When planning a family, many couples will visit their respective doctors for a pre-conception check-up to assess and discuss reproductive health. Reproductive health status provides the couple with a medical professional’s opinion on whether any known risk factors exist. The check-up will also allow for proper care and management of chronic health conditions prior to conception and throughout the pregnancy. Some health conditions, such as infections and blood type incompatibilities, should be properly managed during pregnancy, labor and delivery.

Some couples, however, don’t have the luxury of pre-planning a pregnancy. If a woman should discover she is pregnant, prenatal care should be scheduled to plan and provide for a healthy pregnancy. An obstetrician/gynecologist (OB/GYN) is trained to assess threatening health conditions and manage extenuating circumstances. A man’s primary health care provider can be of assistance, as well.

Couples and health care providers work together to identify and manage risk factors. A pregnant mother should make a concerted effort to become aware of risks to a healthy pregnancy. This includes items like exposure to hair dye, eating certain types of seafood, fertilizing the lawn, utilizing some cleaning products, inhaling second-hand cigarette smoke, drinking wine, and changing cat’s liter during pregnancy can subject the unborn baby to risk of developing cerebral palsy.

Parents of a child recently diagnosed with cerebral palsy may attempt to better understand the cause of their child’s condition in order to potentially prevent impairment to any other child they may conceive at a later date. Becoming aware of risk factors can help prevent birth defects, cerebral palsy, or children being born with some form of special needs.

Following are some commonly known risk factors that can lead to the development of cerebral palsy. The presence of one or more of these risk factors does not ensure a child will develop cerebral palsy, nor does the absence of risk factors ensure a child will not have cerebral palsy. Risk factors merely identify cause for concern.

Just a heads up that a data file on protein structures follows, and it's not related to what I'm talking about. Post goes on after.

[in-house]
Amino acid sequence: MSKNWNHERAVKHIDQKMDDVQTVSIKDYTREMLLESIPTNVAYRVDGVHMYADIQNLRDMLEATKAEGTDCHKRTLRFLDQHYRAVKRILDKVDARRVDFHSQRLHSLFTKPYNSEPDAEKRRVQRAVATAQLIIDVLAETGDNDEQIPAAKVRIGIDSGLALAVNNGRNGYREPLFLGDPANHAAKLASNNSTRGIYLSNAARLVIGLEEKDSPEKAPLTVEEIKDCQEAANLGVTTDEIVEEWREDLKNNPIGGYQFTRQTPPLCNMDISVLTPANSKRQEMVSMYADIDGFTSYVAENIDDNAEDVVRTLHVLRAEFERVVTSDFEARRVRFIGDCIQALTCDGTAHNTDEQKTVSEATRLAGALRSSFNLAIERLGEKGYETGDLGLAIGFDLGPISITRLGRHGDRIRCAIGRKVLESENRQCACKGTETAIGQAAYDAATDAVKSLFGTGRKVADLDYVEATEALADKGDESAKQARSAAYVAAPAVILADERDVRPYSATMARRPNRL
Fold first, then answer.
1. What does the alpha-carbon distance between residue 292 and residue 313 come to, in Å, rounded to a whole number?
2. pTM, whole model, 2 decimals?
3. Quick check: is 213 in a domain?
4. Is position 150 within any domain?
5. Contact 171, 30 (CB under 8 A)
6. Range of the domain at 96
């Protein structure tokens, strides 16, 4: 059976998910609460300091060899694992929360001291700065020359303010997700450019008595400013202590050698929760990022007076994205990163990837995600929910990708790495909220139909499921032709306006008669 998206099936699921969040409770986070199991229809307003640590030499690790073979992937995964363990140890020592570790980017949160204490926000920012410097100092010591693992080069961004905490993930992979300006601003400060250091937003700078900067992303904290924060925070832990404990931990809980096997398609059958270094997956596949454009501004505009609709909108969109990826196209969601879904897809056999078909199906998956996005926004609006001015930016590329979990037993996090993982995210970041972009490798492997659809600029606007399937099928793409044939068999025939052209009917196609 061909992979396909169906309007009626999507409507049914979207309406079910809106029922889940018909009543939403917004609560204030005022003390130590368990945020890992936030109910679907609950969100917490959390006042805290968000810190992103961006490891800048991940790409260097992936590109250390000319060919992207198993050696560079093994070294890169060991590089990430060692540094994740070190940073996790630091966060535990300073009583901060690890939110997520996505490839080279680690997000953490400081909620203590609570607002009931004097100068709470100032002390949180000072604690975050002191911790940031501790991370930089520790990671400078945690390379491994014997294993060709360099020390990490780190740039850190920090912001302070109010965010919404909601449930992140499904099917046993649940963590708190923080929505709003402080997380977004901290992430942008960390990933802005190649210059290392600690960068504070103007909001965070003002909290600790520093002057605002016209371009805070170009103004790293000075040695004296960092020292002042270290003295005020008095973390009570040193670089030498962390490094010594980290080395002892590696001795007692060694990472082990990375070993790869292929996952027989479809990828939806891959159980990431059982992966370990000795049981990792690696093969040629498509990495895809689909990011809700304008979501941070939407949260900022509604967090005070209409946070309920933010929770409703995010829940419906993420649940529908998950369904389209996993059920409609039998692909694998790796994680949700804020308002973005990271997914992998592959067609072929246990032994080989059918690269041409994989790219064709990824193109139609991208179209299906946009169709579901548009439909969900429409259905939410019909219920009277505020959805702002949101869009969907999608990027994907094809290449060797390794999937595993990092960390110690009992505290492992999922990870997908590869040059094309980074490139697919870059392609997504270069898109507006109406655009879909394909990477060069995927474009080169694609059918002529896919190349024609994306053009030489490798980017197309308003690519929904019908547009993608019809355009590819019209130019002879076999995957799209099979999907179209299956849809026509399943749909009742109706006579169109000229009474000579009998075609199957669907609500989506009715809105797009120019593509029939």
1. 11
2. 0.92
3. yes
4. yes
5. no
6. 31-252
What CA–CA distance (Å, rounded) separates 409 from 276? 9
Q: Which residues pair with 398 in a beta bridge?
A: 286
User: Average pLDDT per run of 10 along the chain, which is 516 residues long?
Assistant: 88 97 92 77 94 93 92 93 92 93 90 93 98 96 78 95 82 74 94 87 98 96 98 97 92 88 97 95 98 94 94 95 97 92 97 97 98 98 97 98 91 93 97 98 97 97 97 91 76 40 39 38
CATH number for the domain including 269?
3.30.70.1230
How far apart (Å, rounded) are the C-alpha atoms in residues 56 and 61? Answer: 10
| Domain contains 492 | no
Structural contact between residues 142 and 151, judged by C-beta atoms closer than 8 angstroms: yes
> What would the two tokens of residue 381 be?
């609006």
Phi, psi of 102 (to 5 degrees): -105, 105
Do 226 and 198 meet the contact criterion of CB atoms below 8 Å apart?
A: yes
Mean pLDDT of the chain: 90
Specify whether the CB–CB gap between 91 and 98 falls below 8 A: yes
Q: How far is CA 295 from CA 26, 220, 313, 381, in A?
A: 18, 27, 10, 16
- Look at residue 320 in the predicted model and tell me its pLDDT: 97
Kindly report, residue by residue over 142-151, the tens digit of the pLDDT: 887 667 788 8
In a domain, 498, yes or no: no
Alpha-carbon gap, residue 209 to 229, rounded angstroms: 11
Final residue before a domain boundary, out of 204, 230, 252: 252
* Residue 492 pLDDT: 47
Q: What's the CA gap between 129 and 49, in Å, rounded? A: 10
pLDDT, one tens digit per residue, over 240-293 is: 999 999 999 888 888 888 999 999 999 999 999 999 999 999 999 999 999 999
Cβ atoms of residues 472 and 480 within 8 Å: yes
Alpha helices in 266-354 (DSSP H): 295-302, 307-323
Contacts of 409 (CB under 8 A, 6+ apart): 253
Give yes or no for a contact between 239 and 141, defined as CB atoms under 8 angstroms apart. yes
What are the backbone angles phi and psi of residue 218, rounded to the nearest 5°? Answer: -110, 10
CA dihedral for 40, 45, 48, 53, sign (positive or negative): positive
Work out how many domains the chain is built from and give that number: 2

Avoiding risk factors will help prevent a child from developing cerebral palsy; any exposure to risk factors prior to conception and during pregnancy should be discussed with a doctor in order to effectively treat and minimize risk. This list is not meant to be all-inclusive; other risk factors may contribute to the development of cerebral palsy, as well.




Birth Date

Wks Gestation

Birth Height

Birth Weight


Blood Type


  • Umbilical cord problems, such as a prolapsed cord, that can choke the child during delivery
  • Excessive hemorrhaging (bleeding) while pregnant or during delivery
  • Abnormal presentation where the baby does not enter the birth canal head first during labor
  • Prolonged or traumatic delivery due to the baby’s head being too large to fit through the birth canal, known as cephalopelvic disproportion
  • Delivery involving shoulder dystocia, a very serious situation where one or both shoulders impede delivery
  • Maternal shock, a complication of heavy bleeding and fetal distress which can lead to placenta abruption
  • Other
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Asphyxia (Oxygen Deprivation)


  • Abnormal presentation or breech birth in which the baby enters the birth canal in a manner other than head first
  • Emergency caesarean sections (C-sections)
  • Prolonged second stage of delivery (from when the cervix is dilated to 10 cm through delivery)
  • Premature separation of the placenta from the mother’s uterus
  • Premature rupture of the membranes in which the amniotic sac ruptures prior to labor
  • APGAR score outside of normal range
  • Other
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Complicated Birth


  • Pre-term labor and delivery – Before 37 weeks gestation
  • Full-term labor and delivery – During 37 to 42 Weeks gestation
  • Late-term labor and delivery – After 42 weeks gestation
  • First pregnancy
  • Prior premature delivery
  • High risk pregnancy
  • NICU stay
  • Respiratory problems
  • Other
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Premature Birth


  • Extremely low birth weight – Below 2 lbs., 3 oz. (Below 1,000 grams)
  • Very low birth eight – Between 2 lbs., 3 oz and 3 lbs., 5 oz. (1,001 – 1,500 grams)
  • Low birth weight - Between 3 lbs., 5 oz. and 5 lbs., 8 oz. (1,501 to 2,500 grams)
  • Normal birth eight - Between 5 lbs., 8 oz. and 8 lbs., 15 oz. (2,501 to 4,079 grams)
  • High birth weight - 9 lbs. and above (4,080 grams and above)